I am currently in Belgrade. I’m not saying this to brag, only to demonstrate that I am in fact no longer in my country of residence (i.e. Britain), and as such have no access to my usual video game library. Hence, I can’t be writing another bunch of “Mass Effect” articles, save for doing it from memory.
I was, however, very happy to discover that a sequel to one of my favourite games has been released in the last few months, and therefore know that during my time away if I find myself with a hour or so of nothing to do I can sit down with a cocktail and “Bloons Tower Defence 5”.
The “Bloons Tower” (or “Blower”) series is the first tower defence series I encountered, when I became slightly addicted to the third instalment. I then played number four a great deal, and when I found that number five was out I couldn’t contain my joy. By which I mean I smiled slightly.
|Slighty less than this.|
Why do I love this series so much? Well, I’d be the first to admit that I am sucker for tower defence games in general. I’ve played “Plants vs Zombies” to death (if there is a pun there, it’s intended), and cannot recommend highly enough “Desktop Tower Defence”. One thing all three of these games do incredibly well, arguably better than any other games I’ve played, is difficulty curve.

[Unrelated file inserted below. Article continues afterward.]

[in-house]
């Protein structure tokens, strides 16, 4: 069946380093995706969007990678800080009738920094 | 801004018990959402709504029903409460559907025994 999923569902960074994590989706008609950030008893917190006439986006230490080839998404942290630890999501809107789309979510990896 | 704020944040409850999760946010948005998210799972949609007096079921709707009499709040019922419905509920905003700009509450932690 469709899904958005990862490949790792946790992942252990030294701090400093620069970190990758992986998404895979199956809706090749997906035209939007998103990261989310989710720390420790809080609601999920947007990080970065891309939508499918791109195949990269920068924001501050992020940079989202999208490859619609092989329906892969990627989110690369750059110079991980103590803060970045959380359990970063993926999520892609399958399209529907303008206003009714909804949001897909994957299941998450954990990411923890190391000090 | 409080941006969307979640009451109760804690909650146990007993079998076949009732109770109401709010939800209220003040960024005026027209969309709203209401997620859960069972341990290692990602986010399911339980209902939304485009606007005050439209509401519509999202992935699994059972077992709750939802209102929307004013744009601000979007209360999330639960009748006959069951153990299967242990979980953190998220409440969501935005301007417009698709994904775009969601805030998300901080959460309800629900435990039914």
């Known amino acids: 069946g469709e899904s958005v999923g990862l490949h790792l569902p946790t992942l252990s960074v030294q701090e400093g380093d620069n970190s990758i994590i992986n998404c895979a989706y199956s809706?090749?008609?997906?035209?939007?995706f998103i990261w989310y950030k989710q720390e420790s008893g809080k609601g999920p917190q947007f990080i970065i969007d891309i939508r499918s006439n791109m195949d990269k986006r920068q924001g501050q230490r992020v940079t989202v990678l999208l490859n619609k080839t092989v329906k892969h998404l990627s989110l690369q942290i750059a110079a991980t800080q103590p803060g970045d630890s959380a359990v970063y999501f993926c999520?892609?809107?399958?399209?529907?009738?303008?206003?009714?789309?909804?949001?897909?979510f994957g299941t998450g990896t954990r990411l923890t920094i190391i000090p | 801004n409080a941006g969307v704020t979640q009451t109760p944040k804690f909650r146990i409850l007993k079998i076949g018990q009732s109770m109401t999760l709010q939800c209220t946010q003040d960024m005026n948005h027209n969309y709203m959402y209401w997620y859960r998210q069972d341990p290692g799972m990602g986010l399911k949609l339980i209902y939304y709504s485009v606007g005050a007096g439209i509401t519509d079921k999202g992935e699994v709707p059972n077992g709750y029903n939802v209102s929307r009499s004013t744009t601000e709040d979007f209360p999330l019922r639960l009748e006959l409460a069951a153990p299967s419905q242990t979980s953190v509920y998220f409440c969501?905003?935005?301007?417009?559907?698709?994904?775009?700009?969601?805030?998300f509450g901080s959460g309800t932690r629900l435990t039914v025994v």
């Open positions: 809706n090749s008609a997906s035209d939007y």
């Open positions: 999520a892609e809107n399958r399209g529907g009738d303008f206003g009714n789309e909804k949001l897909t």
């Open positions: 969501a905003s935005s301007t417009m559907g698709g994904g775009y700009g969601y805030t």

“Bloons” expertly introduces you with one tower and one concept, and then incrementally adds new elements. Not only do these elements do lots of different things individually, but also combine to allow for innumerable strategies. Moreover, as a game series it has excellent support and regular updates, in the form of new levels and upgrades, meaning that you are rewarded for repeatedly coming back to it.
It also carries a simplistic charm that makes a pleasant change from the high-concept art styles of a lot of games I play. “Bloons” is simple yet colourful, with each type of bloon and tower being a perfect demonstration of economic design.
|This genuinely has more strategic depth than "Final Fantasy XIII"|
My only real complaint is that as the series progresses the necessity of some of towers comes into question, and I find myself only using some of them simply because I feel I should. This most recent iteration seems to have made the “Monkey Ace” totally redundant, and I’m not convinced that the “Spike Factory” was ever a good investment.
Still, if you are ever left with only the internet to entertain you, you could do much worse than this addictive game, though it can cause you to miss out on sightseeing due to prolonged gaming sessions in hotel rooms. You have been warned.